Without that, your “Democrats set things up that way” response means absolutely nothing in this context. Less than nothing, since it’s obviously an attempt to change the subject.

  59. I’ll get right on that, Doug 😉

    My point is that it’s your party — which has been in control of the state for 100 years — that’s consistently tied the hands of municipal and county governments in North Carolina.

    Y’all made the big government bed — and now you’re all whining that you have to lie in it. That’s a little disingenuous, wouldn’t you say?

  60. shadmarsh says:

    So is “the demi-crats (say it like Bugs bunny, it’s funny)have been in control of the state for a hundred years” the new political trope we are tossing around to obfuscate issues?

  61. Gordon Smith says:

    It’s fun having Muller, Cates, and Hoagland defend Rep. Moffitt’s position here at ScruHoo. Makes things lively. What a team!

    The argument is essentially the same one made for Amendment One – that their has to be another layer of legal barrier on top of the current legal barriers that have effectively prohibited the behavior. It’s a solution in search of a problem, and it’s unnecessarily divisive. The AC-T Editorial Board said it well, “We don’t believe Moffitt won a mandate to single-handedly solve everything he thinks is a problem. There’s a big difference between driving a discussion and driving a bulldozer.”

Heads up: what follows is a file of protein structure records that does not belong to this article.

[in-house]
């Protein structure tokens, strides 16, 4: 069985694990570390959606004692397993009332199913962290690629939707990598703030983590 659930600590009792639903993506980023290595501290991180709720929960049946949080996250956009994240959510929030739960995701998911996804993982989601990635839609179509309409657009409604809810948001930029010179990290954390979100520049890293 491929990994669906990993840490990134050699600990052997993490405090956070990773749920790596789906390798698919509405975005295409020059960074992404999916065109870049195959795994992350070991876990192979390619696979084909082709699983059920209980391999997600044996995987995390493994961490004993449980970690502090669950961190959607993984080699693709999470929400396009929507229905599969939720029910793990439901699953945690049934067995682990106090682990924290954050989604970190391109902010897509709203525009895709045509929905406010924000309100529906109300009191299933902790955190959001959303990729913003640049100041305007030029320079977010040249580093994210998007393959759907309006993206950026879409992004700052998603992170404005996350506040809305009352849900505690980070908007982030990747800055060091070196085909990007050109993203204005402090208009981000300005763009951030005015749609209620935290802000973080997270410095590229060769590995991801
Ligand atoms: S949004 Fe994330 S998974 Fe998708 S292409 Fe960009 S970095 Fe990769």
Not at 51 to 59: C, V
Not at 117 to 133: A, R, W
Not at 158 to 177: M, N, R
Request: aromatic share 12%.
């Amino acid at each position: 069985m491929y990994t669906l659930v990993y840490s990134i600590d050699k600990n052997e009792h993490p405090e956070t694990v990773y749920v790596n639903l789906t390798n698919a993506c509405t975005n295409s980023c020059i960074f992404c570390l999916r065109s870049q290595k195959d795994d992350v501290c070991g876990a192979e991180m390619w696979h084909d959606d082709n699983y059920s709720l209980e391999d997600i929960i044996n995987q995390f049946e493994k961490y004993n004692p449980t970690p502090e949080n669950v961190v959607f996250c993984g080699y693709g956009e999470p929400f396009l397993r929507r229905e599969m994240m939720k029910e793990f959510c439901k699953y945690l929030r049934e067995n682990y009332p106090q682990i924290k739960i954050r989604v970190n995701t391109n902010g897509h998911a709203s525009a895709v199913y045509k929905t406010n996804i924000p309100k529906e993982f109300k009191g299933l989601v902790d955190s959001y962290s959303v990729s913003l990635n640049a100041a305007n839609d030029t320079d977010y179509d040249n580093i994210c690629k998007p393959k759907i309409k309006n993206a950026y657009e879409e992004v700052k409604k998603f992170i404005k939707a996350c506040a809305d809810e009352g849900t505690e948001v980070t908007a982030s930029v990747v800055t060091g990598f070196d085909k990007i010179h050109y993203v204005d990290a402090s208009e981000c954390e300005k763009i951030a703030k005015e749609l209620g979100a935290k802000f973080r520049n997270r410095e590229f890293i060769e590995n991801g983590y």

I think the City will take its time to review the final report when it comes out and try to determine ways forward. There’s no rush. With the release of the final report, we’ll all have time to slowly digest the material. I’m confident that a sober, deliberate, apolitical approach will reveal the most reasonable path forward.

  62. Doug Gibson says:


    I have never complained about having so much control vested in state government. Quite the contrary. So many of the problems our state has faced during its recent history – problems of race, poverty, and development – have been easy enough to ignore at the local level that it has required state government to properly address them.